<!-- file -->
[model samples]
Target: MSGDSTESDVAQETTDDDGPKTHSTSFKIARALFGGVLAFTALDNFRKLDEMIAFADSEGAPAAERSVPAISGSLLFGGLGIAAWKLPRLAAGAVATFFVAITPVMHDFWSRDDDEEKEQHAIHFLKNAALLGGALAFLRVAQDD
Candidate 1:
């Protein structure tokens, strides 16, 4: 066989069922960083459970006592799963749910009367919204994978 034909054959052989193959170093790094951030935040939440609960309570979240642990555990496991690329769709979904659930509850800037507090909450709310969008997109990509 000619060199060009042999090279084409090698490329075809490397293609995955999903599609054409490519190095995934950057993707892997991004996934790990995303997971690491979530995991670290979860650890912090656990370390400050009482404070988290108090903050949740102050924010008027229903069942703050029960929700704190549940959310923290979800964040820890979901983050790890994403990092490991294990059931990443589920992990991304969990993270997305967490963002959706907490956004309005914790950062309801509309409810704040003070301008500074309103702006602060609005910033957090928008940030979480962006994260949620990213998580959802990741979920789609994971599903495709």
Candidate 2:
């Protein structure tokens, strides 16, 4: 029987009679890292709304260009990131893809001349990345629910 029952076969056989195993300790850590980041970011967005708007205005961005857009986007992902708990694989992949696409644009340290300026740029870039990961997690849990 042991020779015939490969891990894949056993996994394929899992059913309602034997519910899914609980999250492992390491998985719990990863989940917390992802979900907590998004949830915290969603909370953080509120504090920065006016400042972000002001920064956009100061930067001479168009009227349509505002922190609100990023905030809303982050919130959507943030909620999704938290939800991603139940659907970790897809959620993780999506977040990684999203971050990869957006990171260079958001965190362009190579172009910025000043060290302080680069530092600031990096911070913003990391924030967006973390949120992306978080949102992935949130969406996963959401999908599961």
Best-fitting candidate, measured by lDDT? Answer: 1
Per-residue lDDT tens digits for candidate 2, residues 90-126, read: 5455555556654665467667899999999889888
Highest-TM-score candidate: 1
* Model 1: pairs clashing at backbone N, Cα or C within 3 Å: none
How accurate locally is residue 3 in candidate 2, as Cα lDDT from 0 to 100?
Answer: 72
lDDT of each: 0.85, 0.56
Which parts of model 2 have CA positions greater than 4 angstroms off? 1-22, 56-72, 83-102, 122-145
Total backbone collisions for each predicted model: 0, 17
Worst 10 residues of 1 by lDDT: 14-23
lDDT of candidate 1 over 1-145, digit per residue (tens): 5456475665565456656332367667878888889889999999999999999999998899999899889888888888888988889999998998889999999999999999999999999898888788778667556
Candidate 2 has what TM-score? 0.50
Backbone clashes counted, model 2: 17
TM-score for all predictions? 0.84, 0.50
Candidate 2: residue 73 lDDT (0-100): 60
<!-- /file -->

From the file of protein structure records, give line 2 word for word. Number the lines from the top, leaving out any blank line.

Target: MSGDSTESDVAQETTDDDGPKTHSTSFKIARALFGGVLAFTALDNFRKLDEMIAFADSEGAPAAERSVPAISGSLLFGGLGIAAWKLPRLAAGAVATFFVAITPVMHDFWSRDDDEEKEQHAIHFLKNAALLGGALAFLRVAQDD